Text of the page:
Please Go Here for the beginning of the story.
Sitting, Jerry shivered. What a night! he thought. Like some kind of nightmare. And to think I could be in my warm bed right now, watching TV. He reached into his jacket pocket and fingered the thick plastic-covered bundle. Well, at least this is still okay. If I get out of this night alive, then I’ll be scott-free. Just have to keep it out of sight.
Jerry stood up, feeling cold and wet, and realized that Milo and that weird woman had disappeared. He listened, but didn’t hear their voices. Alarmed, he looked wildly about, but they were no where in sight. “Milo?” he called out, but there was no answer. Stepping off a shelf of concrete, Jerry felt the shock of the cold before he realized that he had stepped into a bucket filled with water. He jumped back and cursed, fuming over someone having carelessly left a bucket in such a strange place. He stumbled over a drainpipe and nearly crashed into a mansard window, catching himself just before he hit the glass. Water gushing from a break in the roof gutter above him splashed onto his back.
Damn, damn, damn, damn, damn! he cursed silently. How did I get myself into this mess? Here I am running away like a baby on some godforsaken rooftop, being chased by a group of monkeys with knives! He stepped gingerly over a pile of metal pipe laundry racks. Not even one day extra to get the money! I knew I should have stayed away from that girl. She was trouble. Man, was she trouble.
The image of Sabine Raffle floated into his mind like a warm wind. Red hair like a summer sunset, a flash of perfect white teeth, long, running legs… Jerry halted under a dripping eave and allowed himself to join the fleeting dream: together they were running along a beach, Sabine looking back over her shoulder, smiling, at him, at him! Jerry laughed to himself, remembering. “If you get Cyril’s book for me,” she had said, “maybe I’ll think it over. You know, about you and me?”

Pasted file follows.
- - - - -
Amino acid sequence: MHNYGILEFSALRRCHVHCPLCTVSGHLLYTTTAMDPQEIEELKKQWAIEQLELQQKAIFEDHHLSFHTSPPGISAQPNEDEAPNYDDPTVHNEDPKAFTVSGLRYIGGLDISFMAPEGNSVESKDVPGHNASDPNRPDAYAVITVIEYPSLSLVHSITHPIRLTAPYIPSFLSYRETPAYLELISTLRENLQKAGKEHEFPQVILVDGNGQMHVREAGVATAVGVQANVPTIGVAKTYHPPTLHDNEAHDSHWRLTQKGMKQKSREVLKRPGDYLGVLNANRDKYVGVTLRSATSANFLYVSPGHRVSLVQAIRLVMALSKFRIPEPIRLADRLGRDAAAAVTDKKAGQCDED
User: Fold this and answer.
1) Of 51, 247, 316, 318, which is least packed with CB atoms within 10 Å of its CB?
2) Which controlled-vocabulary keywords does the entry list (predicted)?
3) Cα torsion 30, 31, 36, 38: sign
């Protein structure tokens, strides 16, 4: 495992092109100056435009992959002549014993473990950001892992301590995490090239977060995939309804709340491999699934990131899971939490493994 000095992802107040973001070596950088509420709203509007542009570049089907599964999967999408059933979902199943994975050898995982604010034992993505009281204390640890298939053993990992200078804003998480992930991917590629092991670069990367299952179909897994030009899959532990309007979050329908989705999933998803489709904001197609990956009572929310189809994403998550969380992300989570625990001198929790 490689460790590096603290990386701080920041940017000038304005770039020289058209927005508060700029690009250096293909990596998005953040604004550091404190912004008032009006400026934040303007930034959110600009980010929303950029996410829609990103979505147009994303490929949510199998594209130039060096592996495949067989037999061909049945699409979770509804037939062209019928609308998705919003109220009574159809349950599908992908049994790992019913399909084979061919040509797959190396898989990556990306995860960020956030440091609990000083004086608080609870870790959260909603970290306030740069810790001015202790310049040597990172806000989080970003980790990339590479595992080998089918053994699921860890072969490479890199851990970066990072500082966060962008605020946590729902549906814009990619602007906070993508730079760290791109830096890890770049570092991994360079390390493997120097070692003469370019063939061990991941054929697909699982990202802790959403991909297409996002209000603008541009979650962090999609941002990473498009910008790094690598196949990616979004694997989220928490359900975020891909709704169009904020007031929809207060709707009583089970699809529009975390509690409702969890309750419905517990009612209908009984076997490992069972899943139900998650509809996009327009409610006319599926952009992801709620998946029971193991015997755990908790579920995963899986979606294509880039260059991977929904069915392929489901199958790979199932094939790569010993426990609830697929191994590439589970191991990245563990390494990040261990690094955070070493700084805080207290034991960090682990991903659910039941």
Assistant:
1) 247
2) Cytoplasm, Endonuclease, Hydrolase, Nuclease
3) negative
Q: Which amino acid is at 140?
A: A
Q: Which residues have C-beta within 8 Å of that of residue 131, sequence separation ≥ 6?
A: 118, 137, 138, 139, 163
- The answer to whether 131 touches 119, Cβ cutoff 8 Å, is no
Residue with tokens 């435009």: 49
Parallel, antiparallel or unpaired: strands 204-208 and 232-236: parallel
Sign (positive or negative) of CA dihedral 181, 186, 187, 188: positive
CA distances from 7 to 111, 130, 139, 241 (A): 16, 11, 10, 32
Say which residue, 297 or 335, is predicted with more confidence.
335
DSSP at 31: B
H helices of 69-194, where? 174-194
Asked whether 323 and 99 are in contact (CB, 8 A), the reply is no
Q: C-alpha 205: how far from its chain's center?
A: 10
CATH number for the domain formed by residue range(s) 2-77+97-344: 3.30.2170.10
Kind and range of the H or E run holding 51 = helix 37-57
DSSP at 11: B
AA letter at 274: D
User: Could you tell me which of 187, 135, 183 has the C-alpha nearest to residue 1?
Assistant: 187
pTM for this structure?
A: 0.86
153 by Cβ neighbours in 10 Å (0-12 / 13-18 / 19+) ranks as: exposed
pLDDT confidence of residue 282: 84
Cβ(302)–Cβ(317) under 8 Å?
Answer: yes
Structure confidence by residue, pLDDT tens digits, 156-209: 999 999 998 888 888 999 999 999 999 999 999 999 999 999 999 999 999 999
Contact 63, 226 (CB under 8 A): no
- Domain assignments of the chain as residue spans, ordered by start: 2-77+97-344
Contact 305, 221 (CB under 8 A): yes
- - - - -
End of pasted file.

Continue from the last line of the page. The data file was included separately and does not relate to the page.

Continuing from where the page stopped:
Jerry hugged himself and danced in place. He let out a squeal of joy and kicked an old, rusty can. He shoved his hand into his jacket pocket again and felt for the bundle, as if to reassure himself that it was real. He pulled his jacket collar higher up his neck and braced for the rain. This rain will be nothing once the night is over. Sometimes you just have to put up with the hardships if you want something better, right?
He stepped around the corner of one of the bigger mansards and came upon Milo and Francesca sitting and talking together. He stepped back behind the wall before they noticed him and watched them. He couldn’t hear what they were saying, but they were laughing. Francesca looked pretty when she laughed and Milo seemed to warm to her. He felt a pang of jealousy as they spoke, wondering why it was that girls never laughed with him. The girls always liked Milo, he thought. Even when we were kids, Milo always had the girls talking to him. What do they like about him that I don’t have? He watched the two gabbing, wondering what they were talking about. Well, I’ve got Sabine, now. he thought. And there’s no one like Sabine. Just too bad for Cyril that she likes me now, isn’t it.
He stepped out from behind the mansard wall and let the two notice him. He pretended that he had only just noticed they were there. More water splashed onto his head and he let out a groan. “Oh, there you are!” he said. “I was wondering where you two got off to.”